Spina bifida


Spina bifida (external retromedullary hydrorachis) is a congenital defect of the neural tube, the primordium of the central nervous system in the embryo.

The defect is the result of an incomplete closure of the neural tube during embryonic development which prevents the complete formation of the spinal cord. In addition, the spinal cord is sometimes exposed because of incomplete closure of vertebral bodies. One out of every 1000 newborn babies in the United States suffers from Spina bifida. The mother can reduce this risk by up to 70% by consuming sufficient amounts of folic acid prior to conception. A Spina bifida opening may be closed surgically by strips of back muscle and skin after birth or even during the pregnancy. However, surgery cannot restore normal spinal cord functions. Because in 80% of all Spina bifida cases, the opening is located at the level of the lower lumbar spine or the sacrum, most of the affected children present the same problems as paraplegics, such as permanent paralyses and intestinal and vesical dysfunctions. Generally, they must undergo urological intervention because of a diminished bladder-filling and kidney urinary flow capacity. This condition, if untreated, may cause kidney failure and premature death. Classical surgical techniques, such as sectioning bladder nerves in order to decrease intravesical pressure and increase bladder capacity, or the implantation of a neurostimulator normally rely on a dorsal approach. They cannot, however, be used in children suffering from Spina bifida because their backs have been surgically closed before or after birth.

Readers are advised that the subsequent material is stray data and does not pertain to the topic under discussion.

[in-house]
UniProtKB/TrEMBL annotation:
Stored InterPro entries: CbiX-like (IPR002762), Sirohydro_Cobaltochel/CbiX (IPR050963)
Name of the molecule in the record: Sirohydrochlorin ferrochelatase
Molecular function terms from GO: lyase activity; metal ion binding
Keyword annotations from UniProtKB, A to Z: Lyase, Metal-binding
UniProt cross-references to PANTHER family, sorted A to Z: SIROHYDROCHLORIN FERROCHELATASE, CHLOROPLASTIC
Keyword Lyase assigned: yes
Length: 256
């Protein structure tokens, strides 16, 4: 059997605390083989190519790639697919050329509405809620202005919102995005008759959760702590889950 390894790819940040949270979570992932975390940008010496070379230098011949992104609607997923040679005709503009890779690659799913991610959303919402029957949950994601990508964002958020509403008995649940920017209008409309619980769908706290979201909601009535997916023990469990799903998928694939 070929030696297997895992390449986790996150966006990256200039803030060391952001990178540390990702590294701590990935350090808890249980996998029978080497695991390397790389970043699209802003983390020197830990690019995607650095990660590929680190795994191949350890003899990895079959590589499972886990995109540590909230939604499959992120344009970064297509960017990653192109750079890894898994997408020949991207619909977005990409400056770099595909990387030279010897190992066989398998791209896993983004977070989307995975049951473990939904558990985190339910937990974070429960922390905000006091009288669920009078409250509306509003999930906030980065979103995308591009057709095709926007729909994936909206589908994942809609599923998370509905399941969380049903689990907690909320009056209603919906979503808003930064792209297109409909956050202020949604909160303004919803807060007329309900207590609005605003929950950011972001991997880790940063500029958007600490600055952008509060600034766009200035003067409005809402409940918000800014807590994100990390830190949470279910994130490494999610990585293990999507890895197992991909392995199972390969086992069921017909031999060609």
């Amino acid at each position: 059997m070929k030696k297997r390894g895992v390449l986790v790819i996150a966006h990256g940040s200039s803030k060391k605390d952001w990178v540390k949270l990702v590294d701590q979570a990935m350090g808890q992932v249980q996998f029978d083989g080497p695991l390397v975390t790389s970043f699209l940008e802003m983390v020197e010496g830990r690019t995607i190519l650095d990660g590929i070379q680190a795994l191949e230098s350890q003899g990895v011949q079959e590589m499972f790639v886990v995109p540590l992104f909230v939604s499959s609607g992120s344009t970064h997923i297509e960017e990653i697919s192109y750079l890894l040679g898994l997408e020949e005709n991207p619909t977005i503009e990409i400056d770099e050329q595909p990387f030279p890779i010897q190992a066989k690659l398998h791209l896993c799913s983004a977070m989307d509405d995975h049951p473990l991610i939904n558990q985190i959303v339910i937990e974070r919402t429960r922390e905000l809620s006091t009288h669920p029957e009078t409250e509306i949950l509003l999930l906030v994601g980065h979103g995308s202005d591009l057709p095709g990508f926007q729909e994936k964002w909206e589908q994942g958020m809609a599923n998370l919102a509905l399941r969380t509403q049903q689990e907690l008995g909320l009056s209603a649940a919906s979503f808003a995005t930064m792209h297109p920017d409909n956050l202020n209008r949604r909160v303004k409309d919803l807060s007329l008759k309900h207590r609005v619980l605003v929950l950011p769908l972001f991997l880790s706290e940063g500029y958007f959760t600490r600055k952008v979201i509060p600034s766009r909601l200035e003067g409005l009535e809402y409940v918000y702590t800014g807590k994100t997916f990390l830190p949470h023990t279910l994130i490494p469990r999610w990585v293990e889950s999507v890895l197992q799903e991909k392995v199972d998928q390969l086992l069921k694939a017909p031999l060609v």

Pudendal pain is typically treated by decompression of the pudendal nerve. Treatment options include transgluteal or transperineal surgery or abdominal laparoscopy. While the pudendal canal is most easily accessed through the perineum, if surgery must be performed deep in the small pelvis, complete access is not possible. The same limitation exists with transgluteal surgery. In such cases, for example when the complete resection of deep endometriosis or adhesions is required, laparoscopy offers an optimal approach. Laparoscopy can also be used to treat different causes of pain associated with surgical lesions of the pudendal nerve or sacral root (such as the removal of pins, sutures or scar tissue).

Neuromodulation is another therapeutic option to treat pudendal pain. The LION procedure developed by Prof. Possover allows neuromodulation of the sacral nerve roots which contain pudendal nerve fibres. Sacral neuromodulation is the therapeutic option of choice in the following clinical cases:

  • Failure of pudendal nerve neurolysis
  • Neurological conditions, such as multiple sclerosis, Parkinson’s syndrome or diabetic neuropathy (neurological disease caused by diabetes).
  • As a follow-up procedure to pelvic surgery, when pain cannot be explained by any other cause, such as the presence of pins or sutures.

Benefits and Risks

In Spina bifida patients, laparoscopic visualization is the only surgical method to implant neuroprotheses on the pelvic nerves. Thanks to such implants, it is possible to control a hyperactive bladder, trigger miction and defecation, and provoke erections and ejaculations.